This should be the last update on Jen for a while because we got good news at her doctor today! 

All the tests on her tongue and neck lymph nodes all came back negative.

The doctor said she is recovering well, he removed the stitches on her neck, and she'll need to keep going in for check-ups like before. Might get an MRI in a few months.

The recovery is slow going at home for Jen. Lots of rest, still not talking at all, all liquid foods still. 

surgery round three

Hey guys. Jen here.

I've been getting a lot of questions from people in the last week about surgery. When is it, what's involved, etc.

We have an official date for surgery.

I have a pre-op appointment on January 23rd to go over more specifics. I go into surgery on January 27th. The procedure is expected to take about 6 hours. Dr. Weisman will be removing more tongue tissue to pinpoint the source and removing all the of the lymph nodes in sections 1, 2, and 3 of my neck. He may have to put in a skin graft to help my tongue heal, he's going to make that decision while he's in there. He said my poor tongue has been though a lot and might need more help healing this time. He will also put a drain into my neck to help with the healing of the lymph node removal. 

I will be staying in the hospital for at least one night. Dr. Weisman said to expect at least a 24 hour stay, and depending on how well I'm healing they'll let me go home. From what we understand the concern and reason for the hospital stay is the drain and the possible complications it could cause. 

I hope you all had a wonderful holiday season and New Year! We had a great time in Petoskey, MI with Caleb's family.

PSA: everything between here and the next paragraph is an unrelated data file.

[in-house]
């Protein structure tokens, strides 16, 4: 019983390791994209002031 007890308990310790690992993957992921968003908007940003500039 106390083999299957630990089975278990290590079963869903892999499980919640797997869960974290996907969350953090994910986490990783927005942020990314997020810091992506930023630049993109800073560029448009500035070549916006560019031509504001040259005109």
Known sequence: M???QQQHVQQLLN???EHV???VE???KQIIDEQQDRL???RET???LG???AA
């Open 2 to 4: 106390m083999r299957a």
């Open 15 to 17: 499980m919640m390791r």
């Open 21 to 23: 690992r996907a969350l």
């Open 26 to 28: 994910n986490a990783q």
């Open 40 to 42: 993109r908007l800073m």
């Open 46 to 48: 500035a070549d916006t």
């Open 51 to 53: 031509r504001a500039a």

See you on the other side of this one.

the next step

Hi Family and Friends.

Jen again.

I wanted to share a photo of the family at Thanksgiving and also update you on the next stop on this lovely path we're on. But first the photo.

Awwww.

Now on to the sucky stuff.

As you know, my doctors have decided not to radiate at this time. Instead we are headed in for another surgery at the end of January. This surgery will be very similar to the last two and at the same time, entirely different.

This time, Dr. Robert Weisman, an ENT oncologist, will be performing the surgery. He's basically going to do a staging procedure. He is going to remove uniform samples of my tongue. When we've gone in before, we've gone after affected areas and essentially just kept digging until we had clean margins. This time he is going to take out a uniform piece at each level to see where the cells appear in the tongue. We are also going to remove the lymph nodes in sections 1, 2, and 3 in my neck. At the end of the procedure and after running the pathology there are two possible outcomes. He will either be confident that what he found was small enough or contained enough that he got it all and I will be on a watch and wait regimen again. Or he will find it in too many lymph nodes to be comfortable with doing nothing. At that point we will discuss things like chemo and radiation. He seems hell bent on keeping me out of radiation, and I'm all for that, considering the long term effects.

The surgery will be much more intense than the last two and instead of being an outpatient procedure, I will most likely have to spend a night or two in the hospital. He will be inserting a drain into my neck to help it heal. Once they are confident I am healing well, I am allowed to return home. The recovery will be similar to last time, but a little more prolonged as each time we do this my tongue takes more and more time to heal.

We do not have an official date for the surgery as of yet because our insurance is changing at the start of the new year and they refuse to run preauthorization on everything until we have the current information. So we should have a date in the first week of January, hopefully. Right now they are holding January 27th for me, but we shall see.

Thank you everyone for checking in on me and I hope you have a wonderful holiday season. I'll be back with updates after the new year when we have them.

My love to you all.